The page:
06 Sep Western Landmark: Queen of the Gulf: The Grand Galvez
Overlooking the Gulf of Mexico, approached by an allée of tall palm trees, the Grand Galvez stands as it has for more than a century. Newly renovated, the hotel exceeds her original grandeur, incorporating the elegance of the Gilded Age, enlivened with the charisma of jazz and the glamor of the Gatsby Era, and topped off with 21st-century conveniences.
In 1900, Galveston, Texas, was struck by a hurricane, the deadliest natural disaster in U.S. history, resulting in 6,000 to 12,000 casualties and destroying two-thirds of the city’s buildings. Over the following 10 years, workers built a 17-foot seawall and elevated the grade level of the entire city to prevent future destruction.
In February 1910, Galveston civic leaders met to discuss constructing a grand hotel on the beachfront. The Grand Galvez was built with $1 million following the devastating 1900 hurricane. It opened on June 10, 1911, and Galveston was reborn as a vacation destination.
The hotel’s name honors Bernardo de Gálvez, a Spanish hero of the American Revolution. Later, as Viceroy of New Spain, he ordered a survey of the Gulf Coast. The mapmaker named a large bay the Bahía de Galveston for the Viceroy, whose coat of arms bore the motto “Yo solo” (I alone). It seemed appropriate to the hotel’s founders to adopt this slogan, since they had undertaken the project without monetary support from outside the Galveston community.
The last 100 years were not always kind to the “Queen of the Gulf,” the only remaining grande dame hostelry on the Gulf Coast. She has survived several owners, ridden through storms, and was even up for auction. But, fortunately for the hotel, in the 1990s, the Grand Galvez was purchased by George and Cynthia Mitchell, who were active in the restoration and preservation of Galveston’s architecture. The Mitchells pulled the hotel back from the brink of disaster with major renovations.
In 2021, Mark Wyant, CEO and owner of Seawall Hospitality LLC, purchased the hotel, and was determined to do his part to make the property a crown jewel of the Gulf Coast once again. Wyant and his wife, Lorenda, conducted extensive research, identifying elements that made the 1911 hotel iconic. The restoration required taking many areas down to the studs, removing walls that covered original features, recreating decor, and repairing elaborate plasterwork. Interior design is Lorenda’s forte and, between them, the couple created the ambiance of a more elegant age while adding some unexpected touches. Doors to the meeting rooms on the north side of the hall are glass and hand-wrought iron, replicas of earlier Galvez doors. Wood paneling was restored, and a portrait of Bernardo de Gálvez was moved to a prominent position on the staircase’s first landing. Among other changes, perhaps the most noticeable was repainting the hotel’s exterior to resemble its original pink color.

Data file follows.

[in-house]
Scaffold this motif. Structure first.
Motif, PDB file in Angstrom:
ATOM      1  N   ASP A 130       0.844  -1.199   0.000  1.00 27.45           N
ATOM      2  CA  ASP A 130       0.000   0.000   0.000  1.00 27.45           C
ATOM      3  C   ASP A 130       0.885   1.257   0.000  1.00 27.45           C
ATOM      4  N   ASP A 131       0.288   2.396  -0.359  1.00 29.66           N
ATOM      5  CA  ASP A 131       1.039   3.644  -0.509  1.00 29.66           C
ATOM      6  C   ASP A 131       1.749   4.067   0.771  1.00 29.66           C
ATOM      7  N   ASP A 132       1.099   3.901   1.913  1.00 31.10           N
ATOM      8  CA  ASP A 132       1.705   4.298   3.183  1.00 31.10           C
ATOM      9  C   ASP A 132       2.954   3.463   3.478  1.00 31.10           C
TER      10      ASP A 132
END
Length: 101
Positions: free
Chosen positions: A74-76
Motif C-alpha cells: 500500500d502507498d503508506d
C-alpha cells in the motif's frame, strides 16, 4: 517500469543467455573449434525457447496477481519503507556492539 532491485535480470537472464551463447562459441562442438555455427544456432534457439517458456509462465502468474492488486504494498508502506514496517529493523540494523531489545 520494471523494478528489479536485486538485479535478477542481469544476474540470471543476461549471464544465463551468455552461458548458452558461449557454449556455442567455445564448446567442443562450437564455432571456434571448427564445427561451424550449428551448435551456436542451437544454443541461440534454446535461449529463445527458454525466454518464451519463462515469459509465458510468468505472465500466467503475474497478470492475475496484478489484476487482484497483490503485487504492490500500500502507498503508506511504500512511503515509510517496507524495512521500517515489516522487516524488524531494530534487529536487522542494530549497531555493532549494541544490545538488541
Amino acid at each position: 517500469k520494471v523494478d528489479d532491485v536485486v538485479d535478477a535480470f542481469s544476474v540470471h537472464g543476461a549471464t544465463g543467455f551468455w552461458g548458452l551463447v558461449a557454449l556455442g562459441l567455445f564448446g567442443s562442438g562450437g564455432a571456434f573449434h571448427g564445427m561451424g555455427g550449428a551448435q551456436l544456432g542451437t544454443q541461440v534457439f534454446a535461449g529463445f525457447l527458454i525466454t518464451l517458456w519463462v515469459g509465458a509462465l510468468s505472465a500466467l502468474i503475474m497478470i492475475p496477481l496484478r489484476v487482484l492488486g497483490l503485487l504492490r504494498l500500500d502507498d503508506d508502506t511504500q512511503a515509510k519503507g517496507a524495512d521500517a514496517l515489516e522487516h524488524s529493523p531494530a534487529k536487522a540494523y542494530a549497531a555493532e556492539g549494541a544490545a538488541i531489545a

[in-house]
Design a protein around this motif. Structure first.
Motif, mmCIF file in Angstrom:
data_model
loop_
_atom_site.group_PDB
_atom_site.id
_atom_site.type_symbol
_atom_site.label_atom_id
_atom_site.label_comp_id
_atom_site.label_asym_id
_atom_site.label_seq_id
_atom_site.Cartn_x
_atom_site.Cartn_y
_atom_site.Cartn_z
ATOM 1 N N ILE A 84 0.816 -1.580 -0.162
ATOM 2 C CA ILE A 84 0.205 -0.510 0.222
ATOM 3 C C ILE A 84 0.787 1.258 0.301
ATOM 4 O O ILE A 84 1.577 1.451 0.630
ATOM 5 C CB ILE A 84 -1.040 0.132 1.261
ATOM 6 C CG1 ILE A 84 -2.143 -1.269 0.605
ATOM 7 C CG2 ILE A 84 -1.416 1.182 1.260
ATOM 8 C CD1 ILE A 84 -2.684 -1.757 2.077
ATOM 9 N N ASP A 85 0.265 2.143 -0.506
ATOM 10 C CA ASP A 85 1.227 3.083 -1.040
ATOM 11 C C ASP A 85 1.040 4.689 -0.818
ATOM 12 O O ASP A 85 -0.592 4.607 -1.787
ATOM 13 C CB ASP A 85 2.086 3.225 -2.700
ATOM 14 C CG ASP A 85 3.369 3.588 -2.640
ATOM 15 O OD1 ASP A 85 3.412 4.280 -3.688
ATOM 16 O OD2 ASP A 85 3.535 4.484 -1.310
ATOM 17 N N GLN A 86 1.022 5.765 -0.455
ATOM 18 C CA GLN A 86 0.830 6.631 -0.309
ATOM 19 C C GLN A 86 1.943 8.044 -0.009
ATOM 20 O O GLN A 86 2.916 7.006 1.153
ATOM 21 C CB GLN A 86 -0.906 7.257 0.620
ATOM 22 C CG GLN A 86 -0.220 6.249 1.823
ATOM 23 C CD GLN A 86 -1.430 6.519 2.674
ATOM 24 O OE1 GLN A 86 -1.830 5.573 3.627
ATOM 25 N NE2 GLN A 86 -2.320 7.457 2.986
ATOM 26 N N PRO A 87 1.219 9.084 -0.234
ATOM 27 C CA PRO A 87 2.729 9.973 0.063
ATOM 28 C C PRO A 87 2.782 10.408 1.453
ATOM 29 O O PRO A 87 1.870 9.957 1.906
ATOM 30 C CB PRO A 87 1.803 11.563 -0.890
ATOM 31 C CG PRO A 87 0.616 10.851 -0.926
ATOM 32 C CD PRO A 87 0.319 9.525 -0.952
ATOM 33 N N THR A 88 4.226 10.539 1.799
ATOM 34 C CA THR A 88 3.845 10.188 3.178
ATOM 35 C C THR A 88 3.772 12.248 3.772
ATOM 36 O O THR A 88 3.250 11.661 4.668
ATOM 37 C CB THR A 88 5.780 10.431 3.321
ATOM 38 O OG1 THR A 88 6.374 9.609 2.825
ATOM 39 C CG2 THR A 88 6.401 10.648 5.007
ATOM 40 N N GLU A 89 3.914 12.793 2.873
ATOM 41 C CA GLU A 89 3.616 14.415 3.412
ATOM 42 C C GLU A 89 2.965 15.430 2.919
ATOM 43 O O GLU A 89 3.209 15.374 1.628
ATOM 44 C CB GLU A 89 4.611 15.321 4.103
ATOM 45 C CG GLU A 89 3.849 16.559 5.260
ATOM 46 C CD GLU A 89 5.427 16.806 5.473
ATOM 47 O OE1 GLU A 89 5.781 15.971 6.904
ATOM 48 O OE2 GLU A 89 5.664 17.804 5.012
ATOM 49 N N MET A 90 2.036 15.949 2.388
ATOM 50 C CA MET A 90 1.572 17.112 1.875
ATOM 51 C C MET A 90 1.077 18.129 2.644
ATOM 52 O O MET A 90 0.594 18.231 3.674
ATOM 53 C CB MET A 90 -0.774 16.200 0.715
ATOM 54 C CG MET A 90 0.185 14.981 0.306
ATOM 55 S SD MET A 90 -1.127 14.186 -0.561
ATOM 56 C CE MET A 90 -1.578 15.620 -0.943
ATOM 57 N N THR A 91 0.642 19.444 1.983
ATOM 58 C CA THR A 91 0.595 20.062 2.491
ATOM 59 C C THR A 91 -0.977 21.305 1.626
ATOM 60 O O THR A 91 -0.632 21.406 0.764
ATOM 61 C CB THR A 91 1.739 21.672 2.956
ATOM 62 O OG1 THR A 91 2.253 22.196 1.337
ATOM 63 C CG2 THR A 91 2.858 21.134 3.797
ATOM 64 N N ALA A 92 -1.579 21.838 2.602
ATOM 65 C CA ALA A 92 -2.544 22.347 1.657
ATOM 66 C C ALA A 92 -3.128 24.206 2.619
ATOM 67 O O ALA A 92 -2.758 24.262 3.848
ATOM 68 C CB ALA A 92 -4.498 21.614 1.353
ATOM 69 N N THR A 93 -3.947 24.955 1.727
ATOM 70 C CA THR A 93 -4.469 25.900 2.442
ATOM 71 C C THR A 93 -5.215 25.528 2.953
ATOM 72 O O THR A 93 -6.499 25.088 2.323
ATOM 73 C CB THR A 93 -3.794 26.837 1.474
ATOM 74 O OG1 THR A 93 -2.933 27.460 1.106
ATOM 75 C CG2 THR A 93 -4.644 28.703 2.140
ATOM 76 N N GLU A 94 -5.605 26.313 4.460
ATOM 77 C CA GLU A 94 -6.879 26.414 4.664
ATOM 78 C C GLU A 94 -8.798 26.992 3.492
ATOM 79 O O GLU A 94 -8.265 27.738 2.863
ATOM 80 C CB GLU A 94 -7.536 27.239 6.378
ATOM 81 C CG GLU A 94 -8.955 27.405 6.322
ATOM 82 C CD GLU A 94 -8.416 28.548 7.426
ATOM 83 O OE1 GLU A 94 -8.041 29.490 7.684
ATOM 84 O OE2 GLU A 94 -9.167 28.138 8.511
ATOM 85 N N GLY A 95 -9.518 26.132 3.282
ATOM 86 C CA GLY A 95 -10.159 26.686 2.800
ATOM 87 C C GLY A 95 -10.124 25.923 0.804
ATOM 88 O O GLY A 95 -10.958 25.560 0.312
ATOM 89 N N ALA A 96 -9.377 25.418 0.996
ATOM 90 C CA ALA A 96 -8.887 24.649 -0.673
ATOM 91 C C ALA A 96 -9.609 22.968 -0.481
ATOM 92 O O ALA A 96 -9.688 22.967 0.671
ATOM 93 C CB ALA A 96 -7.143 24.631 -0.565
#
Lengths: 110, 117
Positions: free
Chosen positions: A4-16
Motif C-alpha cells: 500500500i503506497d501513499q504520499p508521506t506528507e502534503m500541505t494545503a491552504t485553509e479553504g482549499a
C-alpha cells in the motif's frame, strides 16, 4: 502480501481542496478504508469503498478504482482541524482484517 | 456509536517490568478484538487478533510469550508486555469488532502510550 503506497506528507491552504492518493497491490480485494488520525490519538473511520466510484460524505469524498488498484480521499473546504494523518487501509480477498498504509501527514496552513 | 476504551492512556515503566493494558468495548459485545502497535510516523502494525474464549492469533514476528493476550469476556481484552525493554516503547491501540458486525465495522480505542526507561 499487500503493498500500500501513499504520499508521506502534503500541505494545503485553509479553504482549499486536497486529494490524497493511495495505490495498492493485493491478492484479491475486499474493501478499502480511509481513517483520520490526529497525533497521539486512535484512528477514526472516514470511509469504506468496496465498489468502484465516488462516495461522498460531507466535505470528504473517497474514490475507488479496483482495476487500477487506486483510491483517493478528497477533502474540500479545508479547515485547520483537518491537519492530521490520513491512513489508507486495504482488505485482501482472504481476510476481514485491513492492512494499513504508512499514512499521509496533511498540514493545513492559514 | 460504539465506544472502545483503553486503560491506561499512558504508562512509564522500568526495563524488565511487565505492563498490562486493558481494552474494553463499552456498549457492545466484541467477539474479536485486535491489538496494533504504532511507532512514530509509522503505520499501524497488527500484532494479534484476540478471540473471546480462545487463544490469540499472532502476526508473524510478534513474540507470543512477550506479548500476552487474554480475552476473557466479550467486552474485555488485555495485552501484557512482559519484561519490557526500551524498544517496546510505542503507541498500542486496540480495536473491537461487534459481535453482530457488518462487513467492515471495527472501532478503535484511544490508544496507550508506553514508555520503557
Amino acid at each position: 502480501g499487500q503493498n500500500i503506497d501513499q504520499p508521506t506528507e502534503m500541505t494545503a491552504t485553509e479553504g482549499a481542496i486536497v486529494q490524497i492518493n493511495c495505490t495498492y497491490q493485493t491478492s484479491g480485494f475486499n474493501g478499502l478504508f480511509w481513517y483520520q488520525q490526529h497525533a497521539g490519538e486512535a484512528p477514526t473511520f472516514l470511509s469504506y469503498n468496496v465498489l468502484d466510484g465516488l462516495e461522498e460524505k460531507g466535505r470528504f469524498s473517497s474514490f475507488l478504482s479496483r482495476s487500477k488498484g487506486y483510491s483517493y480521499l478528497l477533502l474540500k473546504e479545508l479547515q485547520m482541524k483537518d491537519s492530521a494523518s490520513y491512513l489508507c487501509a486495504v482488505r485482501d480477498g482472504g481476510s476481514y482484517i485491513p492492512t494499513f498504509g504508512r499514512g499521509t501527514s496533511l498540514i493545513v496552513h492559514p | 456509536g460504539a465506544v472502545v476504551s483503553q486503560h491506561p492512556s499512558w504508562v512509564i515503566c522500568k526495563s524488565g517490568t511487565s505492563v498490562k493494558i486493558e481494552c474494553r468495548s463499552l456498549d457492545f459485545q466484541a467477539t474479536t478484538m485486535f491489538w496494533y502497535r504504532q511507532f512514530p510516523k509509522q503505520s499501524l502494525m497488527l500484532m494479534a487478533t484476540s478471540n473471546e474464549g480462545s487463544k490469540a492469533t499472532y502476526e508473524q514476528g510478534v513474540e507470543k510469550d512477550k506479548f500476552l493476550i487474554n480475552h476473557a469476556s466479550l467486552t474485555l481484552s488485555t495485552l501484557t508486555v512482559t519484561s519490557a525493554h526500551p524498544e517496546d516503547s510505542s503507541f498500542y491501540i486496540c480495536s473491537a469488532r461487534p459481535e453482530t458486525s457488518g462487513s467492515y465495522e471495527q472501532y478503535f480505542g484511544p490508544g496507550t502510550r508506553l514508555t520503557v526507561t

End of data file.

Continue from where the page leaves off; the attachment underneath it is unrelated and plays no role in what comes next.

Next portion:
An important component of the restoration was Peacock Alley, which was once a prime promenade for ladies parading their evening finery and a popular spot for people-watching. Paved with black and white marble squares and lit with Baccarat chandeliers hanging from large golden bells, the long, west hall leads from the lobby to the ballroom and spa.
A major, new addition to the lobby is a 6.5-by-42-foot Murano glass tile mosaic designed by the Wyants and produced by mosaic artist Julie Richey. It features the sobriquet “Queen of the Gulf” in gold, surrounded by festoons of multi-colored oleanders, the signature flower of the property.
“We have great respect for the iconic architecture of this property,” says Wyant. “I can assure everyone that our vision for the ‘new’ Grand Galvez will honor the historic design, offering a refreshed elegance throughout the hotel.”